User-Agent: Mozilla/4.0 (compatible; MSIE 6.0; Windows NT 5.0; .NET CLR 1.0.3705; .NET CLR 1.1.4322) Build Identifier: see: http://homepage.ntlworld.com/bobosola/ http://support.microsoft.com/default.aspx?scid=kb;en-us;294714 http://www.koivi.com/ie-png-transparency/ the solution does not work for backgrounds. DOH! made the padlock a GIF. Reproducible: Always Steps to Reproduce: Expected Results: transparency...
this issue was caused by bug 252810
Comment on attachment 159428 [details] [diff] [review] patch I'm okay with this, though working around an MSIE bug sucks.
Clearing approval flag when no review+ flags are available.
Since it went into 2.18 as well...
Comment on attachment 159428 [details] [diff] [review] patch If you're going to deny review, I need to know why. Care to explain?
"IE sux. Tell them to get Firefox." ;) yeehah. Holding approvals pending finding out what vladd doesn't like about it.
IBM's GIF patent will expire on 11 August 2006 - see http://www.gnu.org/philosophy/gif.html#venuenote . This might be outdated, by the way, but I still think GIF is not the way to go. Proprietary patents should something that must be avoided. We need to take a step back and look at the bigger picture and at this project's goal: be the best open source bug tracking system on the market. Open source means MPL, which implies a bunch of legal stuff. Been able to "deliver" the code-base is much more important than UI. Having a nice UI in IE6 and a code that violates a bunch of patents is less preferable than one that does not violate the patent. Especially since we can have both (nice UI in IE6 and GIF-free) with a little trouble. The 3rd link posted in comment 0 gives nice solutions (if it's not available, try its Google cache: http://188.8.131.52/search?q=cache%3Ahttp%3A%2F%2Fwww.koivi.com%2Fie-png-transparency%2F&start=0&start=0&ie=utf-8&oe=utf-8&client=firefox-a&rls=org.mozilla:en-US:official ) The GIF patent might be expired by now in all countries, or maybe not (and only one of those lawyer guys could research all countries and the actual status). IBM still seems to own the LZW compression algorithm, but even if it doesn't, I still think moving away from GIF is a very good idea. Of course Dave has the final word on this :)
I have a license from Adobe Systems to use Adobe Photoshop, this inturn has a license to encode GIF files, which is where I did it. Here is what I did. open the PNG in MS Photo viewer (adobe reports it as broken) select all copy in photoshop new, paste wand tol 0, select border, add select inside shackle, delete. save for web, GIF, transparency LICENSE valid... no patents infringed. as to that code in link 3 to much hack to put in BZ
1. This means that developers won't be able to modify the gif file, so developers won't be able to contribute to our CVS code base. 2. GIFs are derived work of the LZW compression algorithm. Just because they are nice guys doesn't mean that they won't be able to charge on the derived work in the future. Since not everybody can afford an Adobe license, I'd prefer to move away from the GIF patent piradigm. CCing Gerv for patent-related comments.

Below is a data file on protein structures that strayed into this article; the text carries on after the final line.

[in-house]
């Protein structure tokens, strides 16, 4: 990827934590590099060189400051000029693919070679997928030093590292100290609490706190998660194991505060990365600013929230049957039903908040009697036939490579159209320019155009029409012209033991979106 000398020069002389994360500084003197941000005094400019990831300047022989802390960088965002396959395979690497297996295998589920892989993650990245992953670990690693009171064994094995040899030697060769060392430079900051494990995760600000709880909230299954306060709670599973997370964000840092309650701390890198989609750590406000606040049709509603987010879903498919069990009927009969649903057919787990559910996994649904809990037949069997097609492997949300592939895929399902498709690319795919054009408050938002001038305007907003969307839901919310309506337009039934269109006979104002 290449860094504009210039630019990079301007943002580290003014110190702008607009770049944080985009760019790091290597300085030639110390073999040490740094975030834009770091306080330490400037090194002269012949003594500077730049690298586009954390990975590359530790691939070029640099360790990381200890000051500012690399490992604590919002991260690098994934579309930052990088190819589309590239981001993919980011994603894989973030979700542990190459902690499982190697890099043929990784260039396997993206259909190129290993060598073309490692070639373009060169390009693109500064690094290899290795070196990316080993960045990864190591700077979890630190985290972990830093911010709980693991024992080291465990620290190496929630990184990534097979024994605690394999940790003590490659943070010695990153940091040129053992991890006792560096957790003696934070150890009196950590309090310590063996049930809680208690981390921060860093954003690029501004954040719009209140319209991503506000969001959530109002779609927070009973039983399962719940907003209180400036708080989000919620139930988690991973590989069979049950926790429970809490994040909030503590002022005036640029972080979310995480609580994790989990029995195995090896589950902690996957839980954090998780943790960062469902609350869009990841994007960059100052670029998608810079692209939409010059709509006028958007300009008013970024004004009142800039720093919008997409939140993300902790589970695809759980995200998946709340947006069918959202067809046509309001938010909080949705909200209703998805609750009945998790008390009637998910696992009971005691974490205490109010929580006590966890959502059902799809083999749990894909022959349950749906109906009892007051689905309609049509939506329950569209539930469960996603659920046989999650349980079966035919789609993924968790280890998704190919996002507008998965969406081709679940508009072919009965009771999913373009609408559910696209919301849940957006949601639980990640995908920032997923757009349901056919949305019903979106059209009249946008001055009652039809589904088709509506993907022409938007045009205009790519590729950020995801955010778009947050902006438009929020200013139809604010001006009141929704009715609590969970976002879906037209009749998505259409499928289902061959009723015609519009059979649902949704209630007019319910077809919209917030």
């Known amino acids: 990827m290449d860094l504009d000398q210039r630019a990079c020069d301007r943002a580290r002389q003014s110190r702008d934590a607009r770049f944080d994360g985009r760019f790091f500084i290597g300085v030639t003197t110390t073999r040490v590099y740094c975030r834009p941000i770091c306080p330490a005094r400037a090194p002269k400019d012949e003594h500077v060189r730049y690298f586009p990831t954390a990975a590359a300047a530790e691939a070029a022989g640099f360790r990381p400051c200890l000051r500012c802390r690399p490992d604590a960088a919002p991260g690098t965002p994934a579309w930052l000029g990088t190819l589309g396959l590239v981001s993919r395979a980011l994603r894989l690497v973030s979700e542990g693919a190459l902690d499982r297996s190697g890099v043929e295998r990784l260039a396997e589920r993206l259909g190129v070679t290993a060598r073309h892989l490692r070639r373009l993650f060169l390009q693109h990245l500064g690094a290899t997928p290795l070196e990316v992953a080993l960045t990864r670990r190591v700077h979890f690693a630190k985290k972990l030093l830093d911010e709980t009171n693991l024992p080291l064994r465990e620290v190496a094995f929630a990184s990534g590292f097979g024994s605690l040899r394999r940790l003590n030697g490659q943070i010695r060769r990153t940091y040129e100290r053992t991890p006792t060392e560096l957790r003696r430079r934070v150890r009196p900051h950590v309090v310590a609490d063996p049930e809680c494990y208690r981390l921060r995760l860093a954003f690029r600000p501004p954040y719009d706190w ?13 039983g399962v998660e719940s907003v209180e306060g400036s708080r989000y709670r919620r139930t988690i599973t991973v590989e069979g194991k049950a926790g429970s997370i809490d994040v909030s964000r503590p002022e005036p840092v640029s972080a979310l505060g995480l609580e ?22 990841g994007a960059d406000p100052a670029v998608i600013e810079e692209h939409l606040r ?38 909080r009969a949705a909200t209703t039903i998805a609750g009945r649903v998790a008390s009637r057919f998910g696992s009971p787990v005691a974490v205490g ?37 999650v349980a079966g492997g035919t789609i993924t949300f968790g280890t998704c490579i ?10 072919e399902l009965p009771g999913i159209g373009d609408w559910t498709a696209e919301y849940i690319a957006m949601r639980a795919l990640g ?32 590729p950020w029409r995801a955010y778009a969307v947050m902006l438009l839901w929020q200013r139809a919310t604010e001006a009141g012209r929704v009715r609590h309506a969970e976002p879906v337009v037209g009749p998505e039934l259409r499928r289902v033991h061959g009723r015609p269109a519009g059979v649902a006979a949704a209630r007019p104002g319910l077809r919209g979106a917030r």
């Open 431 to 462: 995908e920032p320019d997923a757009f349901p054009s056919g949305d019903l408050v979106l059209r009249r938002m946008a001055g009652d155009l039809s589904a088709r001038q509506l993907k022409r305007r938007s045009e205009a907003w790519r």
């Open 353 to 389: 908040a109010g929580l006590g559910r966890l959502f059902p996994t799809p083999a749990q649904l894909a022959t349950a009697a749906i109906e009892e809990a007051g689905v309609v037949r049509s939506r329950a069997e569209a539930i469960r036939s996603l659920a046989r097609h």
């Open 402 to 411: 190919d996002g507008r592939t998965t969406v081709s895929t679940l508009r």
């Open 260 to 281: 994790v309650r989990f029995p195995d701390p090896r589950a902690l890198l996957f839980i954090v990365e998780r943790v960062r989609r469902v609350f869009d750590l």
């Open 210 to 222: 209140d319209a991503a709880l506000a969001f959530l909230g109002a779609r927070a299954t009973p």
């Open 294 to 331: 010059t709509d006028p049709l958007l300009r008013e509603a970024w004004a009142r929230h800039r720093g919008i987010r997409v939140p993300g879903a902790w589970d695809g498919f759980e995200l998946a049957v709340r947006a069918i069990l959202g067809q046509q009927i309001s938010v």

Comment on attachment 159428 [details] [diff] [review] patch agreed, overriding the review-. The patent covers encoding of GIFs, it does not cover transmission of pre-encoded ones.
(In reply to comment #9) > IBM's GIF patent will expire on 11 August 2006 - see > http://www.gnu.org/philosophy/gif.html#venuenote . This might be outdated, by > the way, but I still think GIF is not the way to go. > Proprietary patents should something that must be avoided. We need to take a > step back and look at the bigger picture and at this project's goal: be the best > open source bug tracking system on the market. Open source means MPL, which > implies a bunch of legal stuff. this has nothing to do with OWNING a gif file. BZ does not render it on the fly. (In reply to comment #11) > 1. This means that developers won't be able to modify the gif file, so > developers won't be able to contribute to our CVS code base. yes they can, just get a ligit GIF editor or viewer and save as other format > 2. GIFs are derived work of the LZW compression algorithm. Just because they are > nice guys doesn't mean that they won't be able to charge on the derived work in > the future. Has no relevance, there is a legal contract in place from Adobe Systems. > Since not everybody can afford an Adobe license, I'd prefer to move away from > the GIF patent piradigm. CCing Gerv for patent-related comments. fine then email the png files to email@example.com and within 2 business days we will submit a GIF version. This is very SILLY. And us encoding the GIFs was not a joke.